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Hypo-Ortho
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« Reply #6 on: December 18, 2002, 10:19:02 PM »

Re: Remie's post

My biggest concern about not baptising protestant converts is that so many baptise in the name of Jesus only and not the Trinity.  
<big snip>

This is not the only concern that I have regarding the baptism of Protestant converts.  I have been invited by friends to witness Protestant baptisms and have found no two exactly alike (many ministers do their own thing), even within the same denomination.  In addition to those who baptize solely in the name of Jesus, there are now those who baptize "In the name of the Creator, the Redeemer, and the Sanctifier" rather than in the name of the Father, Son, and Holy Spirit.  I have also noticed that in some of the Reformist denominations there is a strong tendency towards absolute minimalism in form, e.g., the minister only dips his thumb in water once and applies it to the baby's forehead (no pouring, sprinkling or infusion).

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« Reply #7 on: December 18, 2002, 11:05:35 PM »

Re: Remie's post

My biggest concern about not baptising protestant converts is that so many baptise in the name of Jesus only and not the Trinity.  
<big snip>

This is not the only concern that I have regarding the baptism of Protestant converts.  I have been invited by friends to witness Protestant baptisms and have found no two exactly alike (many ministers do their own thing), even within the same denomination.  In addition to those who baptize solely in the name of Jesus, there are now those who baptize "In the name of the Creator, the Redeemer, and the Sanctifier" rather than in the name of the Father, Son, and Holy Spirit.  I have also noticed that in some of the Reformist denominations there is a strong tendency towards absolute minimalism in form, e.g., the minister only dips his thumb in water once and applies it to the baby's forehead (no pouring, sprinkling or infusion).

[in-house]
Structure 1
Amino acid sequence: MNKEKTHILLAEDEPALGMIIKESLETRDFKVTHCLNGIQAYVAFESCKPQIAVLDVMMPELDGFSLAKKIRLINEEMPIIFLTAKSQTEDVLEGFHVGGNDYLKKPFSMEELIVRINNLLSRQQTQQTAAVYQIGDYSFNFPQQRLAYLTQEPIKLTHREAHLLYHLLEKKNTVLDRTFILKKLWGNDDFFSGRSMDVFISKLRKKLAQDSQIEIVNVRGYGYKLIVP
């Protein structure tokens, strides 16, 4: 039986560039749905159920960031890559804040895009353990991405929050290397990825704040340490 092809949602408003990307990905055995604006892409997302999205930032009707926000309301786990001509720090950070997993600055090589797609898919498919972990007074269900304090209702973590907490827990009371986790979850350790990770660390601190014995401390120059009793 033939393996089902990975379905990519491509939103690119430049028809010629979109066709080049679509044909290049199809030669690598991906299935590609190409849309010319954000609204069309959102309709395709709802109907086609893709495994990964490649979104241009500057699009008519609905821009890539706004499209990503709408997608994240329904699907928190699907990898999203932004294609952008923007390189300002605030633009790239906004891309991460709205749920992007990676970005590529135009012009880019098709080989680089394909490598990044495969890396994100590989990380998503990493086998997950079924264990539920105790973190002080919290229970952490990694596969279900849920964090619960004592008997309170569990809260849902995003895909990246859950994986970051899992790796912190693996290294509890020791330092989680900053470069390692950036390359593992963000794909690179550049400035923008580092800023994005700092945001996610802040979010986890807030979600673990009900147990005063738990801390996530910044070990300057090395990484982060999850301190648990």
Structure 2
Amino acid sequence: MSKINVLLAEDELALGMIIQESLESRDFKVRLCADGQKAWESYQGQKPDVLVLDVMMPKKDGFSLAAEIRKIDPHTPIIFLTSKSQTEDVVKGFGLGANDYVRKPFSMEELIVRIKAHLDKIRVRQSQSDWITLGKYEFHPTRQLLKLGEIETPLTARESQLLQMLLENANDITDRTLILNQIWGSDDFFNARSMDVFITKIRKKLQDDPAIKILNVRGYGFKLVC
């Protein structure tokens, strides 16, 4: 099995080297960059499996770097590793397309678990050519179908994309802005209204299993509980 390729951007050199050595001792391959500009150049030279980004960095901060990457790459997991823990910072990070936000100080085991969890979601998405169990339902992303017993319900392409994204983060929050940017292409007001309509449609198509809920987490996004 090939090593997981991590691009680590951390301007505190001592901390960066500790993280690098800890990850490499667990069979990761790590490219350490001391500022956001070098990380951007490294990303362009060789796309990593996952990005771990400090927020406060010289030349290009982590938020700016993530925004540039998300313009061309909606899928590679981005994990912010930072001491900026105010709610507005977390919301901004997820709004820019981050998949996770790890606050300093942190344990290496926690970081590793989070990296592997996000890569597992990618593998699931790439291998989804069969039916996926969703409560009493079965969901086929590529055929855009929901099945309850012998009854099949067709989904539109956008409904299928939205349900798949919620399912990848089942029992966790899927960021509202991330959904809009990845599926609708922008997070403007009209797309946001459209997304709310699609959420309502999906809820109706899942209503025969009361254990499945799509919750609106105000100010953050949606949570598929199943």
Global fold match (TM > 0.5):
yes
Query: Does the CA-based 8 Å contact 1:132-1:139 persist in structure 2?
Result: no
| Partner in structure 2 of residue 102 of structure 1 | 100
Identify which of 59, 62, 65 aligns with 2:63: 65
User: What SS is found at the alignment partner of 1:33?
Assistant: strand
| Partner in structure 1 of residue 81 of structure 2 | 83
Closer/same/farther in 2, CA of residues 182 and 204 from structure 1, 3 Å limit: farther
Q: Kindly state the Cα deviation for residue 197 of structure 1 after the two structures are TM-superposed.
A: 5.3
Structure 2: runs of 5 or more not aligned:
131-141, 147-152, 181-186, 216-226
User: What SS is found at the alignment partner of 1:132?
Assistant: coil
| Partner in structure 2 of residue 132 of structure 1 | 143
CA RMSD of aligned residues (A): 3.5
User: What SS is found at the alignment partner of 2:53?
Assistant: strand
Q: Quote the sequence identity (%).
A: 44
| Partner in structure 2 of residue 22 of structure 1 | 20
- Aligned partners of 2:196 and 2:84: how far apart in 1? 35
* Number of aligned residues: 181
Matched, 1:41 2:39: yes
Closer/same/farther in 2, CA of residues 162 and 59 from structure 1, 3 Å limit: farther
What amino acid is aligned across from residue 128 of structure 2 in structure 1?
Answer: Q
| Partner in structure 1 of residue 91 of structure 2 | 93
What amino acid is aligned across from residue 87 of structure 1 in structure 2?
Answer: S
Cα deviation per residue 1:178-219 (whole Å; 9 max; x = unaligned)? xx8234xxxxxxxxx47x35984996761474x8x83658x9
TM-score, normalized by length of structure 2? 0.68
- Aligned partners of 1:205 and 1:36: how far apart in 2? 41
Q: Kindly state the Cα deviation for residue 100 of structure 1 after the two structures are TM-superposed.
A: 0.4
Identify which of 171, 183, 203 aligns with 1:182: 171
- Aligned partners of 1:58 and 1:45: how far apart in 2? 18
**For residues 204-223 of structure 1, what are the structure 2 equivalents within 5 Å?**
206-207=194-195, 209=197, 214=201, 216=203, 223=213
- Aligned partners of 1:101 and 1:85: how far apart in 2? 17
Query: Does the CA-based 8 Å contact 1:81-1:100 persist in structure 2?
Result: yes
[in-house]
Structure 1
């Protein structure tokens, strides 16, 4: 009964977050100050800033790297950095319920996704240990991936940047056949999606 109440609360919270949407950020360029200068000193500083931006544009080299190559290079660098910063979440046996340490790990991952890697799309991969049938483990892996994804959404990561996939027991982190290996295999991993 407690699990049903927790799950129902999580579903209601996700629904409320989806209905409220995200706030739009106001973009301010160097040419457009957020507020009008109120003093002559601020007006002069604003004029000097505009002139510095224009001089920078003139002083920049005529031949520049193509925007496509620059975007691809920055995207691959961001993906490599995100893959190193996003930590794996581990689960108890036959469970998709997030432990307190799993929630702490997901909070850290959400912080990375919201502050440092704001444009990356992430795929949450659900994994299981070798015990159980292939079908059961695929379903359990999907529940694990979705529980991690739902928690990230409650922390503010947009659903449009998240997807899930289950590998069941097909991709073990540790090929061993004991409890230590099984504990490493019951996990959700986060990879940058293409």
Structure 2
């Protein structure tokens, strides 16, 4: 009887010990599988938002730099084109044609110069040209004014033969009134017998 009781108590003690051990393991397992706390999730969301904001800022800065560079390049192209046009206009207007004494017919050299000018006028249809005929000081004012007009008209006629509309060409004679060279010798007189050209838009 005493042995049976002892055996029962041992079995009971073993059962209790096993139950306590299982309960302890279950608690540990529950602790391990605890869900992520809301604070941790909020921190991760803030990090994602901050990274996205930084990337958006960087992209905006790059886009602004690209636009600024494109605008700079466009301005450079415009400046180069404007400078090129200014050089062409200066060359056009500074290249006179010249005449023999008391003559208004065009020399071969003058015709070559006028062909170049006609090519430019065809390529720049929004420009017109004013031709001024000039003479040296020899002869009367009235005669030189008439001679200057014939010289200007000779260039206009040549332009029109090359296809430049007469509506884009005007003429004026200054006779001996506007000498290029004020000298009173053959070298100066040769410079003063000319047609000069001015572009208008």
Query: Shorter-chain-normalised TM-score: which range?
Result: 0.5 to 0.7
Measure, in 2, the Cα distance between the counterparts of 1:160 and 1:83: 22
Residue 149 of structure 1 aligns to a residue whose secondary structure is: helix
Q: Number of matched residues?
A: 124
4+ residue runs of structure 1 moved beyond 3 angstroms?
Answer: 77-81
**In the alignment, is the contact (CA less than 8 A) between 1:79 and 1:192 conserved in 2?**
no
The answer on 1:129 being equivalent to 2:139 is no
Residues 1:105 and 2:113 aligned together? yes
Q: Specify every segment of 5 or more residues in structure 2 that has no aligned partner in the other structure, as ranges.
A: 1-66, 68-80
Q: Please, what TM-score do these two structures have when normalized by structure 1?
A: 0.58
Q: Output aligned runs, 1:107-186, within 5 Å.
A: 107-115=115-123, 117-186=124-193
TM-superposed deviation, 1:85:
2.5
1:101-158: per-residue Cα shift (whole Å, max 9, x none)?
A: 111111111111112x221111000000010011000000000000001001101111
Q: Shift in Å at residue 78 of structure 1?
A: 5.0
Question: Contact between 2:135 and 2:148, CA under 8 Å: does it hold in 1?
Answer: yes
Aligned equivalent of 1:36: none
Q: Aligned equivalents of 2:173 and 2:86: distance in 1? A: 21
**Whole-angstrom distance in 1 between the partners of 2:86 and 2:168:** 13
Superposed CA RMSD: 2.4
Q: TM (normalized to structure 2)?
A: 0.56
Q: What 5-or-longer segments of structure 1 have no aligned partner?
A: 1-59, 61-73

Hypo-Ortho

Hypo-Ortho,

It is quite surprising the varience in Protestant baptisms!  I was baptised in a Baptist church by immersion in the name of the Trinity.  I am sure there are many out there who are not.  In my essentially worthless opinion I think that we should dictate a policy regarding Protestant converts, but rather leave it to the local priest and/or bishop to decide what is lacking.
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« Reply #8 on: December 19, 2002, 12:07:10 AM »

God bless you Derek.  As a former RC I also welcome you into the Orthodox Faith.  What a wonderful spiritual life you have to look forward to.  You will be in my prayers. Smiley

In Christ,

JoeS

I have just arrived home from a meeting with my spiritual father and a date has been set for my entrance into the Orthodox Church. On January 3rd I shall be recieve the Holy Mystery of Repentance and after Vespers on January 4th I shall be Chrismated and Communed.  I have chosen to take the name of Saint Nektarios (about 99% sure...oddly enough this has been the hard part for me!  there are so many AWESOME Orthodox Saints).  Needless to say I am very joyous to be entering the Church of the Apostles established by the Lord Himself.  If you could spare a few prayers for me, I'd greatly appreciate it - thanks!

 
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« Reply #9 on: December 19, 2002, 12:53:16 AM »

Dear Friends,